That's funny. I don't really worry about weather people will pronounce it right or remember the spelling. I guess I figure if your reading to yourself, it can really be anything you want it to be. I guess it isn't until the book is read aloud that the pronunciation matters and even then not the worst thing to have happen to your work right? : )
Having lived with an unusually spelled and often mispronounced name my entire life, I think I just enjoy the challenge of an "odd" name. Plus, I think if it's really different it will be easier to remember.
Good point. Unusual names are definitely more memorable.
And you might be surprised how many times a name like Regina is mispronounced, too. I get the long I and the hard G all the time, though not in the same pronunciation. :)
Tia is even mispronounced. Automated phone calls, like from CVS regarding my prescriptions, say Chia (like Chia pet). Really?
When my daughters get caught up with how to pronounce a name while reading, I tell them just to read and say the first initial of the name in their head. I don't want them stumbling on a name. But I wonder if they tell the teacher their favorite character was T? ;-)
Please realize I have not actually ever published anything, lol. That said, I love to name characters. I find a lot names via the Nymbler. It's given me dozens of names I'd never thought of before. I've also found baby name websites helpful if I know I want a character's name to hold a specific meaning.
I struggled with this for a key character in my forthcoming book. Usually the characters, even the minor ones, show up with their names, but this guy, fittingly a sort of misfit character in the book, wouldn't give it up right away. I ended up doing a lot of research based on his family history (what would his mother name him and why...which tied in a lot with the family dynamics) and the island's history, culture etc., and eventually found something that fit his spirit (I just knew it when I heard it, that that was his name, and then when I looked up the meaning of the name, and it described him to a T, I embraced it) and he became so much easier to write and understand once his real name was in place.
When I first had to start coming up with names, I picked up a couple of baby name books-it really helped with ideas. I then just tried a few out that I liked until I felt I had one that fit the character's personality and/or origins. Now, it's much easier to come up with names.
I approach naming in two ways: First name, I use a baby naming book. The meaning of the name is important to me. For the surname I use the obituaries. I got this tip from a short story expert. Using the name of a deceased person can avoid trouble.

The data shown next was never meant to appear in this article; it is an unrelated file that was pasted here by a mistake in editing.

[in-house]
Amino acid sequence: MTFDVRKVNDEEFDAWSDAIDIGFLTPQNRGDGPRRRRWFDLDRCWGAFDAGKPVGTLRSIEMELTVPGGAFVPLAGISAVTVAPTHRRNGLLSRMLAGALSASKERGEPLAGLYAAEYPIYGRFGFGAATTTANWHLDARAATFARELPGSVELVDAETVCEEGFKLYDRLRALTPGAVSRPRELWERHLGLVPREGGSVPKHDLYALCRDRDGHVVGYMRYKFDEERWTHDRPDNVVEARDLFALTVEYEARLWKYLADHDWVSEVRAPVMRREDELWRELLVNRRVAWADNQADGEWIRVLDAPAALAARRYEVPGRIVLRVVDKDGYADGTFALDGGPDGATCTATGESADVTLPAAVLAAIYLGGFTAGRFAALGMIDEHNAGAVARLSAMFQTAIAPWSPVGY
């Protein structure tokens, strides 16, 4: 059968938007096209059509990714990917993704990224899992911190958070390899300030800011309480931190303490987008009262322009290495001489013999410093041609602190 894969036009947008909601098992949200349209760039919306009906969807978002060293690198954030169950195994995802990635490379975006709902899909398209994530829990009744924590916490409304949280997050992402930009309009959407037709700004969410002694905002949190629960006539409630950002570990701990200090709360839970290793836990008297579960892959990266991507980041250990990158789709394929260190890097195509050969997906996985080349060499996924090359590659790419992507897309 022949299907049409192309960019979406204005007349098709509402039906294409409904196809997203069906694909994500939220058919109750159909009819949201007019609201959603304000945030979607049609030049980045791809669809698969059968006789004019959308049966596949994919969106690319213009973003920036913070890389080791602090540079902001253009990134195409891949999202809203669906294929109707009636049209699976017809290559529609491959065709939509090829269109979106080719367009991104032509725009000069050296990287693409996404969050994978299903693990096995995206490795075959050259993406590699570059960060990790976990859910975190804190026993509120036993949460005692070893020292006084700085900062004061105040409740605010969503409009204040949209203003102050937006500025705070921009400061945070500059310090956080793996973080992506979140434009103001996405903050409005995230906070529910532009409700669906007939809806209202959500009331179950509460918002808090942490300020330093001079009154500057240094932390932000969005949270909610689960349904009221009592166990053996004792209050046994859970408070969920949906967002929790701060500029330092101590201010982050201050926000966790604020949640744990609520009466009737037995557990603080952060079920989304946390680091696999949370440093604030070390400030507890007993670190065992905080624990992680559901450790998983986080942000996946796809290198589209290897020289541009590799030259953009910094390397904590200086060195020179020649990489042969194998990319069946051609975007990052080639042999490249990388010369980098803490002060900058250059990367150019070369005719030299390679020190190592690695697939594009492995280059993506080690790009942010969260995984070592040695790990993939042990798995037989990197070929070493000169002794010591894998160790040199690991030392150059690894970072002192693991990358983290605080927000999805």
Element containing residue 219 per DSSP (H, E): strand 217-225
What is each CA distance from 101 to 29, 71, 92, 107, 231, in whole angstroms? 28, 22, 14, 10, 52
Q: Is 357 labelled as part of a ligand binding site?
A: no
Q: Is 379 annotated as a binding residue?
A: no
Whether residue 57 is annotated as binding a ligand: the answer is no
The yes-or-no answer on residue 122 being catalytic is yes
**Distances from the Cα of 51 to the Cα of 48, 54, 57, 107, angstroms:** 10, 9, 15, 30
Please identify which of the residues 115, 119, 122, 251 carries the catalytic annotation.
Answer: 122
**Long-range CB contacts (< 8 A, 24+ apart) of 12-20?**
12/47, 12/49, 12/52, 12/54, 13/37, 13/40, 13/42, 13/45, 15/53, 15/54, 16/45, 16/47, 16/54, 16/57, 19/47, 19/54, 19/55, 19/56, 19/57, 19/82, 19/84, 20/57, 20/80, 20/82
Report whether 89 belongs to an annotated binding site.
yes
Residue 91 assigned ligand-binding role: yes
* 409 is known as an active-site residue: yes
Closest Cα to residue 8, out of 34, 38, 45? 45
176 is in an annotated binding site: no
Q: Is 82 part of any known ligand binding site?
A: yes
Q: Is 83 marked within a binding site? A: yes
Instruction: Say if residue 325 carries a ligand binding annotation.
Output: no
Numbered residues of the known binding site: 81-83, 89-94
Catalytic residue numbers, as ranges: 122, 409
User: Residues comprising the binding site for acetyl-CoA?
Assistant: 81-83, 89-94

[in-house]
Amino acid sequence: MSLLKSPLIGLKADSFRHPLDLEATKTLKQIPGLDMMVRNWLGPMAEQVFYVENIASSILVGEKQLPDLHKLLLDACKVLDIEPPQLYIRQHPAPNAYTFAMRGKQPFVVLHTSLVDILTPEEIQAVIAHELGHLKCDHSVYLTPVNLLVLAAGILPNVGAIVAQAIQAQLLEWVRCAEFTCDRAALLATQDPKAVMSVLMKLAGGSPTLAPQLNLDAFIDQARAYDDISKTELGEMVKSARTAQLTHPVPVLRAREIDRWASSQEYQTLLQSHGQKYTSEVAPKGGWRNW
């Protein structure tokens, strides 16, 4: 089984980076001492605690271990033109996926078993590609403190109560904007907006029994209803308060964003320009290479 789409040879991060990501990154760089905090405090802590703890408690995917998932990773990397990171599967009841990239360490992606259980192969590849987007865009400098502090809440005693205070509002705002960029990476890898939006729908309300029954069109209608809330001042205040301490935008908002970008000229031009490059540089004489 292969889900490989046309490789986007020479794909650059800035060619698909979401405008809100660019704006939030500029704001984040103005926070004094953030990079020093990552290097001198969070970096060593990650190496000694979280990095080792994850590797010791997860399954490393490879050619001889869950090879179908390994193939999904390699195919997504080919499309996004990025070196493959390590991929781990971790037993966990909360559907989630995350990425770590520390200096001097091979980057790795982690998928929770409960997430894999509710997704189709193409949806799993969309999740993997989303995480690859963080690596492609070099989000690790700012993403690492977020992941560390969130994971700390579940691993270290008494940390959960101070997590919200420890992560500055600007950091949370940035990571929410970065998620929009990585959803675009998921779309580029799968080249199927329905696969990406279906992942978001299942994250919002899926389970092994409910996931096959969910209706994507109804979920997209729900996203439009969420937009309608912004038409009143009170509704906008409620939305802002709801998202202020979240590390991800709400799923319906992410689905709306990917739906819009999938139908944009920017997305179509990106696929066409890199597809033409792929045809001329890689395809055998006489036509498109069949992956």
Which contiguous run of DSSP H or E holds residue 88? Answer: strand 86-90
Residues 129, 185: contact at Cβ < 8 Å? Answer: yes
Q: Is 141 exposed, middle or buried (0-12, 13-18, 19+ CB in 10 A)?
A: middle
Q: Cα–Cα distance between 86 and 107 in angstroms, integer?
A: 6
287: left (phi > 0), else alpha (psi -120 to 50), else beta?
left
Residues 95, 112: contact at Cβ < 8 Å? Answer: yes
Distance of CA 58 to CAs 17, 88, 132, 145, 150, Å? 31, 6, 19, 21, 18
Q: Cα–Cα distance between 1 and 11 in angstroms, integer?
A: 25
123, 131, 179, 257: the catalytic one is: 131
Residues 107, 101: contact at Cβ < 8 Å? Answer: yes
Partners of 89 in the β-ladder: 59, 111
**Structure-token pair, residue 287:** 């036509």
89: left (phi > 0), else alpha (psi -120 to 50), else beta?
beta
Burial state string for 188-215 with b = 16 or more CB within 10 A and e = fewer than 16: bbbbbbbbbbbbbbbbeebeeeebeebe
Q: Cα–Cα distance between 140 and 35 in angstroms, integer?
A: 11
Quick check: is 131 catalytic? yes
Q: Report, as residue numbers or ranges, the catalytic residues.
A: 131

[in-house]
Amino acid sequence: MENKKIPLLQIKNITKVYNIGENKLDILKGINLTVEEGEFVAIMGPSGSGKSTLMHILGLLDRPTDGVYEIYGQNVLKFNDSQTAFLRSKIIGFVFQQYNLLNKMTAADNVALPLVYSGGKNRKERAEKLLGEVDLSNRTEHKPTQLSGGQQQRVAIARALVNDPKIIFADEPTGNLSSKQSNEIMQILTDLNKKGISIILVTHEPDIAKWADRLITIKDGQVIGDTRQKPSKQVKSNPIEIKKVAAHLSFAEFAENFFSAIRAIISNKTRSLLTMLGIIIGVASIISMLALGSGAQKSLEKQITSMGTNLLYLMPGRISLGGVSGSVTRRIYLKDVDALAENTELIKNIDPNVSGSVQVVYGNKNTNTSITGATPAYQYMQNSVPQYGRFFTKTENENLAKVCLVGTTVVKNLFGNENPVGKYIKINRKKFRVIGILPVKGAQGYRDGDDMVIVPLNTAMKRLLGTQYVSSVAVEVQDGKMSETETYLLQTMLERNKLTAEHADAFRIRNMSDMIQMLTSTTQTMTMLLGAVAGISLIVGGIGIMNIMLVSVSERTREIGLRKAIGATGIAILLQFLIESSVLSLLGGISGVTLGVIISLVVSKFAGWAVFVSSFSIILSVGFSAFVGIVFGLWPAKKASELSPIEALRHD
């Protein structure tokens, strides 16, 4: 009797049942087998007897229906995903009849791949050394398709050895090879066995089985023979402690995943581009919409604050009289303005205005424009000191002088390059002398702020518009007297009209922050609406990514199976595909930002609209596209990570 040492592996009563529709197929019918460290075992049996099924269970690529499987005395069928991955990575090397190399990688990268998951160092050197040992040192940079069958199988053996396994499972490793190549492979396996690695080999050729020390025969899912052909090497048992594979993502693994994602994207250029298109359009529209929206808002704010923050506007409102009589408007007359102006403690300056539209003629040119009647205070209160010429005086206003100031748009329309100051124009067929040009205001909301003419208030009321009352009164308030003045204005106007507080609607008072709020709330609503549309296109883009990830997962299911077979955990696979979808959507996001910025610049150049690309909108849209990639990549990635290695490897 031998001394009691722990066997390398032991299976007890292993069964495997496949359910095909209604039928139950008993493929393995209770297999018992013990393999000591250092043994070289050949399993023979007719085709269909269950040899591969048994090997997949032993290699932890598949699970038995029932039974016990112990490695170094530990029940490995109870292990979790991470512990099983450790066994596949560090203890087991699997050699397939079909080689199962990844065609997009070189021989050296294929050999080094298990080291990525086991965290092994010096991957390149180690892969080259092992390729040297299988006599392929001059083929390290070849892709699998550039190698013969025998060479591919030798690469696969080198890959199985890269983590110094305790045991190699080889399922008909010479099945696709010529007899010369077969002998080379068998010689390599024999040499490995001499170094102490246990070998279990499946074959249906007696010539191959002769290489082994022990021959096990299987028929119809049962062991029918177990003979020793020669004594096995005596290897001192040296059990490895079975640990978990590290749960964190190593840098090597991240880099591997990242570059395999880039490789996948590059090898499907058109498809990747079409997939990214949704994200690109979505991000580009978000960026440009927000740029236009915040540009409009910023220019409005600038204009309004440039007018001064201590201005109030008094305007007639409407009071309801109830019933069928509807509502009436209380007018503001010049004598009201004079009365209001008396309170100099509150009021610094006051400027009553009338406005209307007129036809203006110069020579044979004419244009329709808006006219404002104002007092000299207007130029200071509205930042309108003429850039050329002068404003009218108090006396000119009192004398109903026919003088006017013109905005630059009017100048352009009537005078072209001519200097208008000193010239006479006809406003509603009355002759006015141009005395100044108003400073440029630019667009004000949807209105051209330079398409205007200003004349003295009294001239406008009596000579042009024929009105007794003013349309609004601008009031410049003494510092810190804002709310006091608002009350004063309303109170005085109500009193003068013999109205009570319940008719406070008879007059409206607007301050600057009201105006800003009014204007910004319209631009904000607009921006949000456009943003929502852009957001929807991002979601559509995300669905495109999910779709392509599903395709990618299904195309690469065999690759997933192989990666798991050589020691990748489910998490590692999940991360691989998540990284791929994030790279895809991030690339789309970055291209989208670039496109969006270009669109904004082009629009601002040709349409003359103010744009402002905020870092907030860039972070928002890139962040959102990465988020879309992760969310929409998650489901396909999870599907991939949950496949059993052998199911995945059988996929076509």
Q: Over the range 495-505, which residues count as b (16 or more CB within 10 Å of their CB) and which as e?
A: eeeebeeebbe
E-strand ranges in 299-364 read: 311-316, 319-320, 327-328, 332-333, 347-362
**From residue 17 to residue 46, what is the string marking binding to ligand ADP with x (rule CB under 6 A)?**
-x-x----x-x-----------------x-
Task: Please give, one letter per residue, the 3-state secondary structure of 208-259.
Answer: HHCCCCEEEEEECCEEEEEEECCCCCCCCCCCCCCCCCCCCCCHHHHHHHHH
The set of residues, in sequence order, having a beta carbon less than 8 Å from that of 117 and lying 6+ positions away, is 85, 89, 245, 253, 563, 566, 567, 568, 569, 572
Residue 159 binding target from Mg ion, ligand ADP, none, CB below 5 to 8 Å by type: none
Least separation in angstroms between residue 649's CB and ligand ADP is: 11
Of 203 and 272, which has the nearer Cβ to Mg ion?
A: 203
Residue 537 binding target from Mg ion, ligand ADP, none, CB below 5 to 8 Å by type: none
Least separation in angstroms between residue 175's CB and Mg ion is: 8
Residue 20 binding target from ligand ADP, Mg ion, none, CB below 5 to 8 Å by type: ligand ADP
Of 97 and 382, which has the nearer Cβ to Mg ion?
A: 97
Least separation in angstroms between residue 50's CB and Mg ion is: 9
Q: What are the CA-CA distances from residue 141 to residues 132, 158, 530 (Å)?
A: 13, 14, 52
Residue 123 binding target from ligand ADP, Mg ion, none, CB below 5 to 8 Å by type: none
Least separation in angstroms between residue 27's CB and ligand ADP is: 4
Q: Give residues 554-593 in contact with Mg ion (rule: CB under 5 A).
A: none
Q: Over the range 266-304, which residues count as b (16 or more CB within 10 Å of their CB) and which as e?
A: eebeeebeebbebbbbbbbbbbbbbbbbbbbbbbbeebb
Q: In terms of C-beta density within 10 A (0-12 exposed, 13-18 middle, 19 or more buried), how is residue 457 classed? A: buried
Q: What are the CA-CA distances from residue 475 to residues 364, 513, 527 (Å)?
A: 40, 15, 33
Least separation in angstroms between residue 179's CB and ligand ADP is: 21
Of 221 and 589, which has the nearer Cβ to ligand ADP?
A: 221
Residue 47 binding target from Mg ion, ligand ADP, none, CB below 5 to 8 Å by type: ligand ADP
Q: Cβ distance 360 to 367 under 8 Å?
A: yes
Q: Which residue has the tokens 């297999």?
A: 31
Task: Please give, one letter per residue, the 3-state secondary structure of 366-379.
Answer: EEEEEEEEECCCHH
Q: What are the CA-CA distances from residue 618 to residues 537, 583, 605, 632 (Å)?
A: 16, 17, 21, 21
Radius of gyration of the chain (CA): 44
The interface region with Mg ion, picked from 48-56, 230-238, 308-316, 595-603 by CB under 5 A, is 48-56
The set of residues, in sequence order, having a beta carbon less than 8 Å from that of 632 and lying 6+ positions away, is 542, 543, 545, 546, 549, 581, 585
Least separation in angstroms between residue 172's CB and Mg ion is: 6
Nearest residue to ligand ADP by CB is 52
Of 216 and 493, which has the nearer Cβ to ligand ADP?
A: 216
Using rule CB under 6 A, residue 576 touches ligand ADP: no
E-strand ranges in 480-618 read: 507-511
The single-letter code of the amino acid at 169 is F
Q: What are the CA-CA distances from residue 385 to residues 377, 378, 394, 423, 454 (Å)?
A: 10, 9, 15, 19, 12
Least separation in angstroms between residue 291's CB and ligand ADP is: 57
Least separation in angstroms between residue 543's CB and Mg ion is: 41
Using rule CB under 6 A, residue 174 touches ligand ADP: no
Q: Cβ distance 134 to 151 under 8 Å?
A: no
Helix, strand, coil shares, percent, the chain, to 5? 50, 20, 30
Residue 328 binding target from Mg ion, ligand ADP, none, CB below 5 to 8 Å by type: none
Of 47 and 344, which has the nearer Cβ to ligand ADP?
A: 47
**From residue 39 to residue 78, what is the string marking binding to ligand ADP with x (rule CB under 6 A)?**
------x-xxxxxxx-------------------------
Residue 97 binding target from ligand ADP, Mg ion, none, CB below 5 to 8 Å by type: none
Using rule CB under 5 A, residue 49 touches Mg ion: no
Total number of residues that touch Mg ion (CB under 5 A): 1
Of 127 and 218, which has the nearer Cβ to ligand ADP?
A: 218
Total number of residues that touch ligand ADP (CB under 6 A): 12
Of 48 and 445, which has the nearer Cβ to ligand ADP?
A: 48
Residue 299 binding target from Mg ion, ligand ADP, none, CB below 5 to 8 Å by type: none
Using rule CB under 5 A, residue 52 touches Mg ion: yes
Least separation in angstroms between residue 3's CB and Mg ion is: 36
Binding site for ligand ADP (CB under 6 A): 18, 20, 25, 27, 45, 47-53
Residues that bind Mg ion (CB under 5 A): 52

Sometimes a character's name reveals something about the character. Hercule Poirot's name means Herculean pear in French which suggests a rotund figure and how he possibly walks. That's why I like Agatha Cristie's characters they are so life like. I am still on my first draft so my novel is evolving.
In my novel, Reign of the Watchers, I created the majority of my characters' names with meanings. I agree that it can be a tricky thing to do, and I found myself changing some of the names around as I wrote. Fortunately, one of my characters was already named: Methuselah, whose Hebrew name means "man of the dart." I worked that into my plot. For other characters I used both Hebrew and Sumerian names and meanings. Like for a nasty fellow in the book, I named him Abishag, Hebrew for "my father strays." One of the Sumerian names is Enkum, meaning "guardian." He's in charge of palace security. But then, not all the names mean something... they just sounded good to me. Perhaps it was easier for me to come up with names because my novel's setting is set eons ago!
I depend a lot on baby names.com and keep an eye out for unusual names of actual people. I also like using names that suggest something about a character's background or personality. For instance, a friend's grandmother's name was Wilma Wornstaff, and it worked perfectly for an aging dancer in my second novel. Using names of friends is also something I do regularly -- they're more likely to buy the book if you tell them you named a character after them :)
When I do names, if you dont mind me helping, I look at where they are from. Then I look at ancients names for that place or culture, because usually they have a meaning. Sometimes I pick from there, other times I mix what i read and give it to another character lol